Ghost Stories

Chasing things that go
‘bump’ in the night

La Grange business owners capitalize
on ghostly tales with annual walking tours

By Helen E. McKinney
Contributing Writer

June 2011 Edition Cover

June 2011
Edition Cover

LA GRANGE, Ky. (June 2011) – Linda Foster bought her circa 1840 home in La Grange in 1993. She purchased it expecting to live there and run a business from the lower floors. But what she didn’t count on was the house being haunted.
“I don’t know how much I believe, and I don’t know how much I disbelieve,” said Foster. “I do know that I’ve never been truly afraid in this house.”
Living alone at the time, she bought the large, old house and set up her business, Christmas in Kentucky, on the first-floor. Her bedroom is on the second floor, and one night she awakened in the middle of the night to a very strong sensation of someone holding her hand. “The feeling persisted for five to 10 minutes then went away,” she said.
The second strange occurrence took place downstairs in the back of the foyer by a closet under the stairway. “I needed to get something out of the closet, and when I opened the door, I was nearly knocked down by the strong smell of ammonia,” she said.
Many people experience strange or unexplained occurrences and wonder if they are the result of a spirit world. Some shrug it off but others seek to quench their curiosity by calling on paranormal researchers or groups who specialize in documenting such activities. In fact, in recent years dozens of clubs in Louisville and surrounding cities have seen growth in memberships and the number of organized paranormal gatherings. The Internet is full of websites dedicated to paranormal groups and events and information. And right here in Kentuckiana, Gen. Butler State Resort Park now plays host to two paranormal weekends a year at its Butler Turpin Historic Home.

Ghost Hunting
Groups in the Area

• Bluemoon Paranormal
• Green Light Paranormal Investigations
• Kentuckiana Paranormal Investigators
• Paranormal Consults
• Paranormal Researchers of Ohio Valley (P.R.O.O.V.)
• Real American Hauntings
• Soul Warriors Paranormal
• Society for Paranormal Occurrences of Kentuckiana (S.P.O.O.K.)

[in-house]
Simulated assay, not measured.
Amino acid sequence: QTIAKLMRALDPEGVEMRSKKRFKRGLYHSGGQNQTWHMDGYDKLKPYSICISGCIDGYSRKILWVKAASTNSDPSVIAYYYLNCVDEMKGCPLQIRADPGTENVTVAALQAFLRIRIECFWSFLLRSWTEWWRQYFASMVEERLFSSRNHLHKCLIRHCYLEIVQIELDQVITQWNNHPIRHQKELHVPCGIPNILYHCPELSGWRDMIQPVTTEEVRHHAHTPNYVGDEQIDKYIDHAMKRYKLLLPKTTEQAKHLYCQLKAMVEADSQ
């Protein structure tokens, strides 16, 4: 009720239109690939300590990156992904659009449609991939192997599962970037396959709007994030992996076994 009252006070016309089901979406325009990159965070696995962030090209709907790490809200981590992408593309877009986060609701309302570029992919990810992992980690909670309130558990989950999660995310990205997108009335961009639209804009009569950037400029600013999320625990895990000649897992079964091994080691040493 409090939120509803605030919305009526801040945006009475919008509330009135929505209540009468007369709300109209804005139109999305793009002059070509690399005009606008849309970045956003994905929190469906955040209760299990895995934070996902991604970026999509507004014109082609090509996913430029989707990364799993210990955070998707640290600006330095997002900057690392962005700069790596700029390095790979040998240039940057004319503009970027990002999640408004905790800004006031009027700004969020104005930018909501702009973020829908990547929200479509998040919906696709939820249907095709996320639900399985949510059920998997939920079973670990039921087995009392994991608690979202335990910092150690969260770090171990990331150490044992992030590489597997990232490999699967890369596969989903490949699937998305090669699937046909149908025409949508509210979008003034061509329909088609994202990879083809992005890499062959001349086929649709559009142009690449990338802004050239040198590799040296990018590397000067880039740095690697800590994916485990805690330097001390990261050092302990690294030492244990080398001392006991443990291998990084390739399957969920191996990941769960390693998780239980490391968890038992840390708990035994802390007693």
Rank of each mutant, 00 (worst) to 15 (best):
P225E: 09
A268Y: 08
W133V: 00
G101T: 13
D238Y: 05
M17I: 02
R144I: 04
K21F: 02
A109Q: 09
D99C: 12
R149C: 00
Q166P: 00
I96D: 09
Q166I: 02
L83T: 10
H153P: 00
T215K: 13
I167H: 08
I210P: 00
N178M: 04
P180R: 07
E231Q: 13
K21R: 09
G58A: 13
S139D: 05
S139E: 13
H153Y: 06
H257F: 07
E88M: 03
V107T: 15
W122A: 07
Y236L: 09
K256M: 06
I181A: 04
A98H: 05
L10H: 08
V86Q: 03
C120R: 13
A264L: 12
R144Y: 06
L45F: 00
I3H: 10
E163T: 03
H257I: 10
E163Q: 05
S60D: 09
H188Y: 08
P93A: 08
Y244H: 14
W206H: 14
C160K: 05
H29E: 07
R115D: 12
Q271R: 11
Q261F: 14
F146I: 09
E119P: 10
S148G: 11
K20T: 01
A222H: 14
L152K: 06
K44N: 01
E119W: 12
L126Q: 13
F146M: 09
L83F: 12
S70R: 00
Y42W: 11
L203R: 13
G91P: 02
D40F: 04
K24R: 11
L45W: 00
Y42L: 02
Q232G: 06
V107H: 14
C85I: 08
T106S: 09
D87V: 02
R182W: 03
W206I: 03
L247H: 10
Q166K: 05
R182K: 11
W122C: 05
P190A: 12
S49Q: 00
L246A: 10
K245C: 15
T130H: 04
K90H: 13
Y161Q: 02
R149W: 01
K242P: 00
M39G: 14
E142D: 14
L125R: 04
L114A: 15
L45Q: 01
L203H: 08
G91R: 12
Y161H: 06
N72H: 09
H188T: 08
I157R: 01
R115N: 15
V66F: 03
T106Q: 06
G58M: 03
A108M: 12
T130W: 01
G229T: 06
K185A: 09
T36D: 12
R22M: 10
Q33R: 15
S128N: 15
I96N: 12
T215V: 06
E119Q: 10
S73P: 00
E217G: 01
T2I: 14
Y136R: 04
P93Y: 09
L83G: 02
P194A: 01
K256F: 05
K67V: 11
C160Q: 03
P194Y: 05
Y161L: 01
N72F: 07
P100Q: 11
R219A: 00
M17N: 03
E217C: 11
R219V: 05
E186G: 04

• The Friendly Ghost Hunter
• Valley Ghost Chasers
More information can be found at www.ParanormalSocieties.com.

Puzzled by the odd happenings at her home, Foster called in a team of paranormal experts, P.R.O.O.V. (Paranormal Researchers of Ohio Valley). The team investigated her home and found an image in a tall mirror in her foyer. The mirror had come from an old Red Cross building in Louisville, and the figure of a nurse had traveled with it.
This would explain the hand holding, said Foster, since nurses commonly hold patients hands, and the strong smell of ammonia. The silver coating on the mirror was peeling off, which could explain the “image” of a nurse. Still curious, Foster then called in a clairvoyant who looked all around the house.

Linda Foster

Photos by Helen McKinney

Linda Foster of La Grange, Ky.,
lives and works at her Christmas in
Kentucky shop (pictured below),
which is on the annual Ghost Walking
Tour because of the unexplained
paranormal activity that
frequently occurs there.

Foster's Home

She told Foster that the original owners were in the living room: a man was going in and out of the front door daily (probably a businessman on his way to work); a woman was standing on the staircase landing waving goodbye or welcoming him home; there was a lot of activity in the kitchen area from a spirit she termed “Mabel,” who was very busy; and several little girls were happily playing on the stairs. The clairvoyant told Foster that the spirits were there constantly, but meant her no harm.
Foster can’t explain the happenings and has never had any interaction with the spirits. “I’ve witnessed all sorts of things. I know what I’ve seen,” she said, even though she can’t put her finger on any plausible answers.
Her home isn’t the only structure that is supposedly haunted in La Grange. Each fall, Discover Downtown La Grange conducts The Spirits of La Grange Ghost Tours at several locations around town. “All of the locations visited on the tour have had their occurrences investigated by paranormal teams and they have verified happenings,” said Foster. Volunteers lead the tours and all proceeds fund future community events such as Light Up La Grange and The Blue Hydrangea Tea Party.